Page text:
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EPSRC Reference: EP/T013001/1
Title: Monolithic On-chip Integration of Electronics & Photonics Using III-nitrides for Telecoms
Principal Investigator: Smith, Dr RM
Other Investigators:
Lee, Dr K David, Professor J
Researcher Co-Investigators:
Project Partners:
Dynex Semiconductor (CRRC Times UK) Huawei Group University of Michigan
Department: Electronic and Electrical Engineering
Organisation: University of Sheffield
Scheme: Standard Research
Starts: 01 October 2020 Ends: 30 September 2024 Value (£): 607,797
EPSRC Research Topic Classifications:
Electronic Devices & Subsys. Materials Characterisation
Materials Synthesis & Growth Optical Devices & Subsystems
Optoelect. Devices & Circuits
EPSRC Industrial Sector Classifications:
No relevance to Underpinning Sectors
Related Grants:
EP/T012692/1 EP/T01265X/1
Panel History:
Panel DatePanel NameOutcome
06 Nov 2019 EPSRC ICT Prioritisation Panel November 2019 Announced
Summary on Grant Application Form
Internet and telecoms are facing an explosive growth in data traffic, increasing at 50% per year. This requires the development of monolithic on-chip integration of electronics and photonics, which offers a massive reduction in both footprint and processing costs. Such a compact system will require a high power density and excellent high temperature tolerance. Monolithically integrating III-nitride based electronics and photonics on silicon on a single chip will represent the most promising approach to meeting the requirements in the telecoms regime. The photonic parts include active (laser diodes) and passive (photodetectors) components linked by waveguides, where the laser diodes are controlled by high electron mobility transistors. The electronic and photonic parts both need to meet the requirements for high power, high frequency and high temperature operation, as well as excellent temperature stability and robust mechanical properties. Conventional III-V semiconductors (GaAs or InP) suffer a number of fundamental limitations such as intolerance to high-temperatures, temperature sensitivity, limited power density capacity and fragility. They also exhibit high losses due to scattering (high refractive index) and multiphoton absorption. III-nitride semiconductors all have direct bandgaps and cover a vast spectral region from deep ultraviolet to infrared. Compared with conventional III-V materials, the III-nitrides exhibit major advantages in the fabrication of high power, high frequency and high temperature devices due to their intrinsically high breakdown voltage, high saturation electron velocity and excellent mechanical hardness. III-nitrides exhibit low free carrier absorption, negligible multiphoton absorption, low refractive index (2.3 for GaN compared with 3.5 for GaAs) and superior temperature stability of the refractive index (one order of magnitude higher than that of InP). Therefore, III-nitrides offer great potential to revolutionise current internet and telecoms and enable ultra-fast speed and ultra-broad bandwidths, going far beyond that so-far achieved in the telecoms regime (1.3-1.55 um). Up to now research on III-nitrides has mainly been confined to the visible spectral range but this is not a limit. III-nitrides based devices exhibit superior properties in terms of delivering the power/efficiency required for next-generation telecoms. This is important to the communications industry, which is expected to use 20% of the global electricity by 2025, where a large proportion (>30%) is consumed by the data centre cooling systems. Monolithically integrating III-nitride electronics and photonics on silicon on a single chip by direct epitaxy in the telecoms regime would therefore offer transformative performance.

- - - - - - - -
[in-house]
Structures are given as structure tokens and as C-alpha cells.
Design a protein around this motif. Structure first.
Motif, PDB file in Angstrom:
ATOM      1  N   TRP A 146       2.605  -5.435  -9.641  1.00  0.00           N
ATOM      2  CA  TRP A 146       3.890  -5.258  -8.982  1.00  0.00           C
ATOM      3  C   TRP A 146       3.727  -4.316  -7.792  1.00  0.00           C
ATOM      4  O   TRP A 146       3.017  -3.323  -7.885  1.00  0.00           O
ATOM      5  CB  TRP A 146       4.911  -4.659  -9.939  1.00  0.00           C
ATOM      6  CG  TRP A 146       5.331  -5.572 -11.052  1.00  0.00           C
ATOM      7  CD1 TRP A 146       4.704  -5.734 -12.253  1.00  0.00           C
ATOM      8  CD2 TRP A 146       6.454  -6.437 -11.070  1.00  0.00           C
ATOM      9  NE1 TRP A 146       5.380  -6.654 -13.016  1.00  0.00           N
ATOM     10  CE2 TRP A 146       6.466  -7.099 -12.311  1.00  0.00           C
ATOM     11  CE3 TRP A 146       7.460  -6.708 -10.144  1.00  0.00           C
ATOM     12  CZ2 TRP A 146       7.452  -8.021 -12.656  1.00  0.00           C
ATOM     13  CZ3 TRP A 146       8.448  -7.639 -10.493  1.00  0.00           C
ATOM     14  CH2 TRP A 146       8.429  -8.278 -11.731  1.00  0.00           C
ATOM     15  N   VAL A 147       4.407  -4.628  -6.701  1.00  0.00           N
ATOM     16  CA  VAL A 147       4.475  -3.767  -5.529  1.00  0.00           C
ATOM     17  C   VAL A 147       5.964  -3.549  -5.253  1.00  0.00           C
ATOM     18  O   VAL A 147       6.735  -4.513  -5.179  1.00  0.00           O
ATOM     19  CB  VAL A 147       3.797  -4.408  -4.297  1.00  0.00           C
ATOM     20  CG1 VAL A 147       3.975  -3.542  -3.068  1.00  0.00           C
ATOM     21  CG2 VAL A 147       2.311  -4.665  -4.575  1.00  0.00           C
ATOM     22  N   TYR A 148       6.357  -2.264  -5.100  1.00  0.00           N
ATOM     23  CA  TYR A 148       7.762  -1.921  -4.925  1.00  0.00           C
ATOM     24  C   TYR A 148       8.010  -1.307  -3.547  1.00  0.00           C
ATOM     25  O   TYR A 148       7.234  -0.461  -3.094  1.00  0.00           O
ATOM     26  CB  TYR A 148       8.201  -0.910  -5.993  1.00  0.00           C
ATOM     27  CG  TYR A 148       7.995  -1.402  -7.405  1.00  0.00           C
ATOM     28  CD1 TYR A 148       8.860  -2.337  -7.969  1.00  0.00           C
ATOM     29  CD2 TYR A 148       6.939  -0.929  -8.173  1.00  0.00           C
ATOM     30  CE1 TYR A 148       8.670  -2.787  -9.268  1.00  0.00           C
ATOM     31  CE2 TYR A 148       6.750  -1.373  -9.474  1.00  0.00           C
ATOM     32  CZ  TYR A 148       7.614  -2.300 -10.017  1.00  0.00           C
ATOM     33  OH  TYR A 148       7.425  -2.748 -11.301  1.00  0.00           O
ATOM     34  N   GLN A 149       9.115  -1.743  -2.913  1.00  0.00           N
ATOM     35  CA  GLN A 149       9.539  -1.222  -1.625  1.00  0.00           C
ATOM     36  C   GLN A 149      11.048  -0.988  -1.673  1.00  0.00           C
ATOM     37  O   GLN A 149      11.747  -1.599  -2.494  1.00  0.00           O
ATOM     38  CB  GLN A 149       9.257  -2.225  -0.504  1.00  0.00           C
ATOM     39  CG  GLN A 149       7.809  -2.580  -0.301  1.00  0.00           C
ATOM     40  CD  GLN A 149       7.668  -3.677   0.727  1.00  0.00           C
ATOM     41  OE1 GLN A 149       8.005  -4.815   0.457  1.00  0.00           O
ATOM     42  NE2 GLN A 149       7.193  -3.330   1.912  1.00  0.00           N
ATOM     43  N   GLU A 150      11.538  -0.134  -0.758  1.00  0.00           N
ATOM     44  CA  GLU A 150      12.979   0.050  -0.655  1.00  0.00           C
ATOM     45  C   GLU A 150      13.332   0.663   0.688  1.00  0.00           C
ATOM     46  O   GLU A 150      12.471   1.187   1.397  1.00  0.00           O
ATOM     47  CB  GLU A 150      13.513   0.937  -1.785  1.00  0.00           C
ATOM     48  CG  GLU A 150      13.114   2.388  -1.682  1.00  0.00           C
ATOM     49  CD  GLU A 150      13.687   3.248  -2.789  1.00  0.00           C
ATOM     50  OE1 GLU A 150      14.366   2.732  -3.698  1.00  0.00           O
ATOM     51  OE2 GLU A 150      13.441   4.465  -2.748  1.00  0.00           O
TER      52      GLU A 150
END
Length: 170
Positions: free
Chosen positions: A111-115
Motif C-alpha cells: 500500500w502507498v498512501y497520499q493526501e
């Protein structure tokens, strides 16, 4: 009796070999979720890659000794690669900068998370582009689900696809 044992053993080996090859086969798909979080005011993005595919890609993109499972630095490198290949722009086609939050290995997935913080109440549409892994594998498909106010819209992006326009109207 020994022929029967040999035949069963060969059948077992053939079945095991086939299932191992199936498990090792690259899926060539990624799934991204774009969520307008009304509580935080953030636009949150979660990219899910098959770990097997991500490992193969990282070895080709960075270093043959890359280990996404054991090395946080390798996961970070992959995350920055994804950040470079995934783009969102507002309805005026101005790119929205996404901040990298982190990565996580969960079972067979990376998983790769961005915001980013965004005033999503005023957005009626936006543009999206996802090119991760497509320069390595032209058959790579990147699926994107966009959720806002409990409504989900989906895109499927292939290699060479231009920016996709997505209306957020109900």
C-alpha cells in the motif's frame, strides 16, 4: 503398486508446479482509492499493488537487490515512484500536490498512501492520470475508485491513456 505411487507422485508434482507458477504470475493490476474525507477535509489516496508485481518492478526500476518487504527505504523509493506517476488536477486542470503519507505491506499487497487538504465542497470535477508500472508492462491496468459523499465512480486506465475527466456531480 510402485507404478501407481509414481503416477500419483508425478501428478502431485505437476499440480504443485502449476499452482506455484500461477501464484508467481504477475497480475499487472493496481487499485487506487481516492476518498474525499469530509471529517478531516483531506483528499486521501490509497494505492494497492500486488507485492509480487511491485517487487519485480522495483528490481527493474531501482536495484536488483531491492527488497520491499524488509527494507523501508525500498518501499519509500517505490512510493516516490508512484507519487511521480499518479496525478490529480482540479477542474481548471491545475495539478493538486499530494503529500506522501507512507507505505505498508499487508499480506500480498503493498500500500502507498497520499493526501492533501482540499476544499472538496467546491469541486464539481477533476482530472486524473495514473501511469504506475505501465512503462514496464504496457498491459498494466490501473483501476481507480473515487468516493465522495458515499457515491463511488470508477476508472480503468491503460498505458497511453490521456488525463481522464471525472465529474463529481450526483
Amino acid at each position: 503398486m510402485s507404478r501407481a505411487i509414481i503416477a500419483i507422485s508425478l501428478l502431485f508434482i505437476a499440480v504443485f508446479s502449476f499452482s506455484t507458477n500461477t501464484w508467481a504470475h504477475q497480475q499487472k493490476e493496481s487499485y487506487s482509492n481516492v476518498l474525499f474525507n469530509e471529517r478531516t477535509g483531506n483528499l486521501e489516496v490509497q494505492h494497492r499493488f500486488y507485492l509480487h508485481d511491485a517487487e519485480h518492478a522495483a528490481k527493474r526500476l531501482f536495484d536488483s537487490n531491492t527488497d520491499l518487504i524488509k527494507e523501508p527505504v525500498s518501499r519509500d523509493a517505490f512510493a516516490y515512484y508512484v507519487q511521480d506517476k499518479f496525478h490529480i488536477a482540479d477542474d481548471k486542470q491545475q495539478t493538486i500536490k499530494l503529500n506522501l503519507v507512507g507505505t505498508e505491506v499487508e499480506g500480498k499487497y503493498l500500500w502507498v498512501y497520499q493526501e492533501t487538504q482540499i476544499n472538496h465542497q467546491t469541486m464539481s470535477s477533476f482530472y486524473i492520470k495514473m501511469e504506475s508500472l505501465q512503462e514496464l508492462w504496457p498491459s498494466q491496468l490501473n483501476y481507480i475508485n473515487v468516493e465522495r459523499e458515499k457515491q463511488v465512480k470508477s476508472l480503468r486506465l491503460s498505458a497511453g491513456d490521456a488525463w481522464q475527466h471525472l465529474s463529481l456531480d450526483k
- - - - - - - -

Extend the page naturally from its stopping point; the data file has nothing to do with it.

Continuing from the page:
Our ambitious vision is to employ the two major leading epitaxial growth techniques (MOVPE and MBE) for III-nitrides, combining the leading-expertise established at Sheffield, Cardiff and Strathclyde along with a world-leading research team at Michigan in USA in order to demonstrate the first monolithic on-chip integration of III-nitride based electronics and photonics on silicon with operation in the telecoms regime. This is expected to revolutionise current internet and telecoms.

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Organisation Website: http://www.shef.ac.uk